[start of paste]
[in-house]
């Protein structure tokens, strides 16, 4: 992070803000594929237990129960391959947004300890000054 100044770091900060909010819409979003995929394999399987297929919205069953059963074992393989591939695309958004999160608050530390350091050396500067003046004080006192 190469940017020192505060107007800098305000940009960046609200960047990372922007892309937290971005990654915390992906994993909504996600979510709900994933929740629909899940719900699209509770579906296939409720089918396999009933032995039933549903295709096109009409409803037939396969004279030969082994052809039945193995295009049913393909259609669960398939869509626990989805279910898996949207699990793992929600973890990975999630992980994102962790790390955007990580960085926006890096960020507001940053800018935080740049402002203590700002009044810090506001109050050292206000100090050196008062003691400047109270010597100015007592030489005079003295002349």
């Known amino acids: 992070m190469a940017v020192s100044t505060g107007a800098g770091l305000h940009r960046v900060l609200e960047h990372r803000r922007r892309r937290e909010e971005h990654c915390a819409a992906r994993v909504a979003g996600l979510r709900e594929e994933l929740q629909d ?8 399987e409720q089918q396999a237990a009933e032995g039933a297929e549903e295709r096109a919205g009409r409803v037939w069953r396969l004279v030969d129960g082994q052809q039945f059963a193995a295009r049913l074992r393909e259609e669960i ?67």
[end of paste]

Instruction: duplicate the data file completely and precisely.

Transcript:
[in-house]
């Protein structure tokens, strides 16, 4: 992070803000594929237990129960391959947004300890000054 100044770091900060909010819409979003995929394999399987297929919205069953059963074992393989591939695309958004999160608050530390350091050396500067003046004080006192 190469940017020192505060107007800098305000940009960046609200960047990372922007892309937290971005990654915390992906994993909504996600979510709900994933929740629909899940719900699209509770579906296939409720089918396999009933032995039933549903295709096109009409409803037939396969004279030969082994052809039945193995295009049913393909259609669960398939869509626990989805279910898996949207699990793992929600973890990975999630992980994102962790790390955007990580960085926006890096960020507001940053800018935080740049402002203590700002009044810090506001109050050292206000100090050196008062003691400047109270010597100015007592030489005079003295002349």
């Known amino acids: 992070m190469a940017v020192s100044t505060g107007a800098g770091l305000h940009r960046v900060l609200e960047h990372r803000r922007r892309r937290e909010e971005h990654c915390a819409a992906r994993v909504a979003g996600l979510r709900e594929e994933l929740q629909d ?8 399987e409720q089918q396999a237990a009933e032995g039933a297929e549903e295709r096109a919205g009409r409803v037939w069953r396969l004279v030969d129960g082994q052809q039945f059963a193995a295009r049913l074992r393909e259609e669960i ?67």